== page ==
Back to Blog

Sensory regulation to improve attention for apraxia therapy

Feb 28, 2024

While settling in at my computer, I realized my habit of setting up a few things to aid me during work. From enjoying a cup of tea, a crunchy snack, or a lollipop, to playing music and wearing comfy clothes.

It's common for SLPs to have similar preferences. Hence, it shouldn't come as a surprise that our clients also require sensory support during challenging tasks like apraxia therapy.

Among the questions that I receive, attention-related concerns top the list. When working with young children, it's natural to redirect them and switch activities as needed. Offering choices regarding play activities and locations, such as the floor or a table, is beneficial.

But what if we did more? What about providing co-regulation to our clients? By meeting their sensory needs, we can enhance their attention to multisensory cues and increase the number of accurate trials achieved.

What sensory supports do I recommend for my clients?

  • *Disclaimer**

I am not an occupational therapist. If your child receives OT, consult them for tailored recommendations. These techniques, which have been successful with my clients, can be tried with yours. Activities should be based on your client's preferences as every child is unique.

Here are some ideas to consider

  • tight hugs with permission
  • squeezes on the arms or squeezing the child's hand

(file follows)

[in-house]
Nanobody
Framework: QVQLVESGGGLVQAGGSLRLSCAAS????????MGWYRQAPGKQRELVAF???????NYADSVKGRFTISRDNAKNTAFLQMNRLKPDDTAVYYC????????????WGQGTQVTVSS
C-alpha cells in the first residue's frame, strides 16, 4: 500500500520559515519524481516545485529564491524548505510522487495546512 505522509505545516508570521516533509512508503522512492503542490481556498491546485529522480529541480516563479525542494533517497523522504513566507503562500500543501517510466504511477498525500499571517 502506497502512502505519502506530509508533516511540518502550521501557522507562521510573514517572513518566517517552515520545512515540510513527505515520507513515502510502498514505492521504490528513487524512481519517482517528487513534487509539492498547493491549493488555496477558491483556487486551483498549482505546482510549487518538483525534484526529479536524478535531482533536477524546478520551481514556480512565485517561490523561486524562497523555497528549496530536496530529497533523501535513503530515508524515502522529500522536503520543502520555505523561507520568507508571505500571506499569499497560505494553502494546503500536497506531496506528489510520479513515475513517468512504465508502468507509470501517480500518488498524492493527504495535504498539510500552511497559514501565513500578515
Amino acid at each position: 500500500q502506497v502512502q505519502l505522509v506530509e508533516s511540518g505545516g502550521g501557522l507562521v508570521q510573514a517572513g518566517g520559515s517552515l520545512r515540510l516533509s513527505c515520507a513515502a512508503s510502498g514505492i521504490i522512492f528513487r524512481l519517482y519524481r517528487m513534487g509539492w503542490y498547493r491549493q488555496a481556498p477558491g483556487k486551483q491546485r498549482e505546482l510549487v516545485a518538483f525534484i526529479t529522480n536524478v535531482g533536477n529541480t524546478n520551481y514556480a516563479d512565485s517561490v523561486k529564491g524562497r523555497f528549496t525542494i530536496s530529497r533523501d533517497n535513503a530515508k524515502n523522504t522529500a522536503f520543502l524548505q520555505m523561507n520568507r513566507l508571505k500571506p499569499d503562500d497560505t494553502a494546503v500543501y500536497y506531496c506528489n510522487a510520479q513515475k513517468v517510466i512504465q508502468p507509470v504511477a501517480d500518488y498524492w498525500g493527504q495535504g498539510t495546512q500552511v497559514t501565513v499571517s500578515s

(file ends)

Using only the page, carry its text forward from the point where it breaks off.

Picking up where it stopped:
• holding a fidget toy. My clients currently love these fidgets from spike toys.                       (use the code BONDARSPEECH for 15% off anything on their website)
  • bear or wheelbarrow walking
  • tug of war with a towel or use this
  • scooter board click here
  • jumping up and down on the floor
  • swinging the child in a blanket (needs two adults)
  • jumping on a trampoline click here
  • playing classical music in the background

These activities should not be seen as rewards but rather as tools to aid your client. They should be offered to make the session enjoyable and productive.

The picture below shows pictures of different sensory activities that one of my clients love. When he comes into therapy he can choose a couple of activities to engage in before we even begin therapy.  These pictures were created in


Click on the picture below to hear me explain more about this topic.


Free Target Selection Handout for CAS

Learn how to choose target words for minimally verbal children, understand

multisensory cueing, and other do's and don'ts in apraxia therapy.